AT&T Pro-Am: Aiming at Zero Waste

Feb 14, 2013

The Offset Project's Abbie Beane sorts through a bag of compost looking for contamination.
A zero waste station at the AT&T Pro-Am
A compost pile at the Monterey Regional Waste Management District already includes compost from the Pro-Am.

The AT&T Pebble Beach Pro-Am wrapped up Sunday with a new winner, Pro Golfer Brant Snedeker, and perhaps a new record for diverting waste.

There was a time when the AT&T Pebble Beach Pro-Am made its mark at the Monterey Regional Waste Management District landfill.   “I can remember six or seven years ago, before these aggressive waste reduction efforts started, there was a lot of waste. We’d see six, seven or eight dumpsters a day during the course of the event,” said Jeff Lindenthal, MRWMD’s Recycling Manager.  Now a lot of that trash never makes it to the landfill because of those aggressive waste reduction efforts that begin day one of the golf tournament.  It all started four years ago when the Pebble Beach Company and the Monterey Peninsula Foundation contracted the Offset Project to help make the Pro-Am a zero waste event.  “Our guests are drawn to Pebble Beach by the beautiful natural environment, and preservation of that environment is a real motivating factor,” said Thomas Quattlebaum , Pebble Beach’s Environmental Manager.

But it turns out, achieving zero waste is no small feat, especially for a multi-day event, that takes place on three golf courses, and draws thousands of spectators.  Despite being called “zero” waste, 90% diversion is considered the gold standard when it comes to zero waste.  That means 90% of the waste from an event is either composted, recycled or re-purposed.  Last year, the Pro-Am diverted 65% of its waste.  This year, the Offset Project tried to up that number by targeting larger items for re-use or recycling. They went after the rope that kept the spectators off the courses, the carpet rolled out in special event tents, cables left behind by broadcasters, and the green netting that lined temporary chain link fences.  “With some of those larger materials that we’re pulling out now, maybe we can get some true 75% to 80%,”said Abbie Bean, Director of Sustainability Programs for the Offset Project.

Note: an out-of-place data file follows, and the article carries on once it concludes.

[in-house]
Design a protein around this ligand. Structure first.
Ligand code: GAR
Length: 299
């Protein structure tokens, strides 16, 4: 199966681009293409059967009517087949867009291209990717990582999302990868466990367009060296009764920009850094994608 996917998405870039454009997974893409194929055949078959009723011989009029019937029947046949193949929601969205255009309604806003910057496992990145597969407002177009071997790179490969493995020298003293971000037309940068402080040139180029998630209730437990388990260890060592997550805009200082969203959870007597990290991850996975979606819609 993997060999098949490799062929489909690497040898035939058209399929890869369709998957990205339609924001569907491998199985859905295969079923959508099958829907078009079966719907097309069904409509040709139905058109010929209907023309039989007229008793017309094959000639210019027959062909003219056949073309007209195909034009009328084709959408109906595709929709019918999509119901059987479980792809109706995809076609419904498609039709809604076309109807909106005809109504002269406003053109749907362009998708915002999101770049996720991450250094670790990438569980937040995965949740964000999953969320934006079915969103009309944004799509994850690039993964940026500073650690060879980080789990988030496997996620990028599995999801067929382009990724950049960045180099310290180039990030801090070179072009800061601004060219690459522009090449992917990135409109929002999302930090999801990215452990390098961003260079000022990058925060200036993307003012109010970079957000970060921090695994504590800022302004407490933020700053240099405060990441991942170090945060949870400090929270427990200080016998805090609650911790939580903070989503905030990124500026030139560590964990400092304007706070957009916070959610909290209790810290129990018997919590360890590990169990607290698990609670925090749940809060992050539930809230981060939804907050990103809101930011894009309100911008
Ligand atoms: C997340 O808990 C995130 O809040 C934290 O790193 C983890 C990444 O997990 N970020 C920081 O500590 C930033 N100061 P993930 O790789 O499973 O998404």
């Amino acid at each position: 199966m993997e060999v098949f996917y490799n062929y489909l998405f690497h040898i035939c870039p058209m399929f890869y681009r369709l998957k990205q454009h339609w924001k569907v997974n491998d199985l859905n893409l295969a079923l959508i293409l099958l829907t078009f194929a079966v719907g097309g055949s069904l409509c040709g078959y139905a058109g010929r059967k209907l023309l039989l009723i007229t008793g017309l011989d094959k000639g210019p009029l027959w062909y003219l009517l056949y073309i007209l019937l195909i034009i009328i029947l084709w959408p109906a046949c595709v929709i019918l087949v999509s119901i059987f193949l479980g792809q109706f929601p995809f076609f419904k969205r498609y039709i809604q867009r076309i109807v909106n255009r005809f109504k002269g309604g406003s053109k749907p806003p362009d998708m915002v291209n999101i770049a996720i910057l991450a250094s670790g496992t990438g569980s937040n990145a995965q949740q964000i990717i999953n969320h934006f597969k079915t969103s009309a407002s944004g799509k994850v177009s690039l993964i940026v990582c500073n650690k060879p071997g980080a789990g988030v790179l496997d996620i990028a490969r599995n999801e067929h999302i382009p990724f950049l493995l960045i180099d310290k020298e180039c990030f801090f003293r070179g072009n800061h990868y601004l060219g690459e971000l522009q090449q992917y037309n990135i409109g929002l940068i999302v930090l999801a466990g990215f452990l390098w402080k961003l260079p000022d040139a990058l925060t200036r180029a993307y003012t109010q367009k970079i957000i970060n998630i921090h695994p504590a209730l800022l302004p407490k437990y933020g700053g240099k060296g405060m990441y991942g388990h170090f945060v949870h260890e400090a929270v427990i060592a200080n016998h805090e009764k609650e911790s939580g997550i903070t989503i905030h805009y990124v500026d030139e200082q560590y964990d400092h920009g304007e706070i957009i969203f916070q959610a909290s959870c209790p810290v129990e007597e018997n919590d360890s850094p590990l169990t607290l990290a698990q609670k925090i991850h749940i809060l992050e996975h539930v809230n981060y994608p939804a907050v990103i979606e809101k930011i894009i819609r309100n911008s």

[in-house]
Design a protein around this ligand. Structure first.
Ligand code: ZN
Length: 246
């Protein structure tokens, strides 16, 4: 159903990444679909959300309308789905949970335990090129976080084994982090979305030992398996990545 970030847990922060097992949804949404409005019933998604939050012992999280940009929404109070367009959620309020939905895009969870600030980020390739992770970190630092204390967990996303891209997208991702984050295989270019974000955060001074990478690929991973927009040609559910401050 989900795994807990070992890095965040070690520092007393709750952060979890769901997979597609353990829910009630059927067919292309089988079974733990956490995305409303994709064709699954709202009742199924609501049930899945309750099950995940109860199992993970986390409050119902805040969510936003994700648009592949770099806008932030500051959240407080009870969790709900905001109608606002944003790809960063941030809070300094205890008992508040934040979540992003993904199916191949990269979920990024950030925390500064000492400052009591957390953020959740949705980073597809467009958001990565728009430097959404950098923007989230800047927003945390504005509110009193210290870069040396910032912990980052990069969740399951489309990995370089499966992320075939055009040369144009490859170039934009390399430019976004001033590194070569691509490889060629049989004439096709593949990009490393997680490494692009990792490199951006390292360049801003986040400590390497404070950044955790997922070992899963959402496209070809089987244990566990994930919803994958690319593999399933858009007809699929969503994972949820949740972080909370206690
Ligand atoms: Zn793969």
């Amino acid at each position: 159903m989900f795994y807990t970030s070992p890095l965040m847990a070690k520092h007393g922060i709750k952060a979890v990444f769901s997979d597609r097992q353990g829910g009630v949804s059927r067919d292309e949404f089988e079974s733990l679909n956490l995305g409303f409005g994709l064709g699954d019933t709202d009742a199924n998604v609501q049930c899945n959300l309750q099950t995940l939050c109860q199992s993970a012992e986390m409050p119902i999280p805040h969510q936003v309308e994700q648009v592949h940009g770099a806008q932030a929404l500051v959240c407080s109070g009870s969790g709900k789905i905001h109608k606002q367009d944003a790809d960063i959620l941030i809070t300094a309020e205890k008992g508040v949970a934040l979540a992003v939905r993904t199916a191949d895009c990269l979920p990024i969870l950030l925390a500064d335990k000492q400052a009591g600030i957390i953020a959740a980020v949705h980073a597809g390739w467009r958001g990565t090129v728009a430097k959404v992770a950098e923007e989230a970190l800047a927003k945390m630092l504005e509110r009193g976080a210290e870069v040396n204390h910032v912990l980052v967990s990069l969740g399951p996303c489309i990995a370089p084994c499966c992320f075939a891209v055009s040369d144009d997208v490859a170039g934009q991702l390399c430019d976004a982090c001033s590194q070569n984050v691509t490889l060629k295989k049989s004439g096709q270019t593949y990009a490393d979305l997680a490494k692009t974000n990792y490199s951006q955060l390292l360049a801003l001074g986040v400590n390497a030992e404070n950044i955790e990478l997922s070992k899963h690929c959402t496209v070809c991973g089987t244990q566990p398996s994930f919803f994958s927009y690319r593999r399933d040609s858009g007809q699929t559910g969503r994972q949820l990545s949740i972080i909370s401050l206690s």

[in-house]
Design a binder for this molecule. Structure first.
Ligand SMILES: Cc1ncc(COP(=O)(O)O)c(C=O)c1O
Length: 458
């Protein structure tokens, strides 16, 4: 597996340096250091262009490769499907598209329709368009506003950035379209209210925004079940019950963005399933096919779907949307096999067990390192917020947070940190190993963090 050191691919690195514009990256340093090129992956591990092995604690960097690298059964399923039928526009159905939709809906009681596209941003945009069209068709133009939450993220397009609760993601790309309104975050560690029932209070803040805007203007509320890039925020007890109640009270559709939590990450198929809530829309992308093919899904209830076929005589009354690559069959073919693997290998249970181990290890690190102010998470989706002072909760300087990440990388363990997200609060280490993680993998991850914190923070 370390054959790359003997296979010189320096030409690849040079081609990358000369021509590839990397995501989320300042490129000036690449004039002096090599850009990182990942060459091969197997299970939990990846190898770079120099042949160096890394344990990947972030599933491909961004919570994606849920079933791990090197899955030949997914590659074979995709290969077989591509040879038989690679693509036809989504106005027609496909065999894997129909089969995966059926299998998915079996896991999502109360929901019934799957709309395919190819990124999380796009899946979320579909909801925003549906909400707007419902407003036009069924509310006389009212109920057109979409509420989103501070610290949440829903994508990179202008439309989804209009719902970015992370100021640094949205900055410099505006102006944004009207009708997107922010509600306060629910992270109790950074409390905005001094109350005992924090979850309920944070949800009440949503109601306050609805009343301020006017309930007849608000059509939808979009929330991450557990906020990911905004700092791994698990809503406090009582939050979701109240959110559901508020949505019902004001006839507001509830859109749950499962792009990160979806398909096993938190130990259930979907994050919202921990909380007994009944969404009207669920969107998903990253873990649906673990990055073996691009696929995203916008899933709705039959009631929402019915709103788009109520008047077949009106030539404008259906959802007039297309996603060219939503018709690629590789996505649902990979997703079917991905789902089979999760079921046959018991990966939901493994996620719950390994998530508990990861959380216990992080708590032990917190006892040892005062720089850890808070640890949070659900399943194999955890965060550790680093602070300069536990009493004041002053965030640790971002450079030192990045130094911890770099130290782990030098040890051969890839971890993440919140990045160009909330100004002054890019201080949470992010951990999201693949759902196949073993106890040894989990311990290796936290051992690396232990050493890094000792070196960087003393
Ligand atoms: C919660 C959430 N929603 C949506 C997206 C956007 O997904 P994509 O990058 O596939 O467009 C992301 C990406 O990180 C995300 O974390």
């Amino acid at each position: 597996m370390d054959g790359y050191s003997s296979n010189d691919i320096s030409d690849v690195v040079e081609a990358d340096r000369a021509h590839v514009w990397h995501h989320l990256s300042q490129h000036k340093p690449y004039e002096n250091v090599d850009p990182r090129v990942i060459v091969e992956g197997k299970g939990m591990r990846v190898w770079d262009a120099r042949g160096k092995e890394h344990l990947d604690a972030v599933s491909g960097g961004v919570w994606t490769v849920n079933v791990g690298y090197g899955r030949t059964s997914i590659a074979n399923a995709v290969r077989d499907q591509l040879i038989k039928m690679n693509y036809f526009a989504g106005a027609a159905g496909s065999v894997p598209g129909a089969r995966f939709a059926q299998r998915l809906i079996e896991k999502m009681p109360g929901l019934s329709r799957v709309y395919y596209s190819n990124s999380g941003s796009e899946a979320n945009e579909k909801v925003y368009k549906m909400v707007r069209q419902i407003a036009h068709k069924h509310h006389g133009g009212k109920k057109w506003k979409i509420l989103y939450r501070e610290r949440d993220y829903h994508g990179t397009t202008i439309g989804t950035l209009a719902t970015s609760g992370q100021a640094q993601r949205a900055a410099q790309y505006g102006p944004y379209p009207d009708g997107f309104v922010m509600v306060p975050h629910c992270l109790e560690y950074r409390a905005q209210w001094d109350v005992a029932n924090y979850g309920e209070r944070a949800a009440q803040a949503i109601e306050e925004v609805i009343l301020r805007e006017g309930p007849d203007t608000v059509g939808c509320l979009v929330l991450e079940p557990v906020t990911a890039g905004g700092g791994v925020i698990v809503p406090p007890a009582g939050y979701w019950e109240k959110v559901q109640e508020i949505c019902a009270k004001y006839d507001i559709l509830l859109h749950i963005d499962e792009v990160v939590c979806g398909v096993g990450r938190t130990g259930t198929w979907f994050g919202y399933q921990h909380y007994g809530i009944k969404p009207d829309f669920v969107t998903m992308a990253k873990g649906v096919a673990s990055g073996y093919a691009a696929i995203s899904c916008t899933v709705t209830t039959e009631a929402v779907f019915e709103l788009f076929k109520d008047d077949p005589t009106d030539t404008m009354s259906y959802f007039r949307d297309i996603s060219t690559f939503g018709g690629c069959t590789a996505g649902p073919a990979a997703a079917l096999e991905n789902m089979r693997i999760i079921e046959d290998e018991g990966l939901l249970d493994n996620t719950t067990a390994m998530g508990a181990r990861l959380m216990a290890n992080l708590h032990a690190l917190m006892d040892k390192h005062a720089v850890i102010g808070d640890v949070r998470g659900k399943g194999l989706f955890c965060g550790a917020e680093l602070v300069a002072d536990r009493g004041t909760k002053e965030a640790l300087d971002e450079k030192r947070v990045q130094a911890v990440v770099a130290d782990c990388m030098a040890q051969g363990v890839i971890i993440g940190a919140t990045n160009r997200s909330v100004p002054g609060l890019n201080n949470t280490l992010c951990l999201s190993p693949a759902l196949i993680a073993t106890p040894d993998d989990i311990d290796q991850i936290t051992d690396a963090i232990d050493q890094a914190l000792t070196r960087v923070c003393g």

Small materials are also important to any zero waste effort, like event organizers purchasing compostable utensils and cups, and spectators using the zero waste stations.  The stations were set up at each concession stand and included three receptacles: one for  trash, one for recycling and one for compost. While each station had a volunteer to help spectators, items still ended up in the wrong receptacle.  So at the end of each day of the tournament, Beane and her crew sorted through the bags of compost looking for any contamination that could get the compost load rejected at the landfill.  “People would find it unbelievable that somebody literally, they threw something out, but there’s a person on the other end that literally has to unwrap the saran wrap from their sandwich, and someone’s actually opening that and pulling things out,” said Beane as she looked through a bag of compost. 

The diverted waste from this year’s Pro-Am is still being calculated. Next year, Beane hopes to get the Pro-Am closer to 90% diversion. “For next year what we’re looking at is identifying every single material that’s coming out of the event, and how they can be diverted from the waste stream,” said Beane.  The Offset Project has achieved 90% diversion with other local events.   At last year’s Big Sur International Marathon it reached 95%.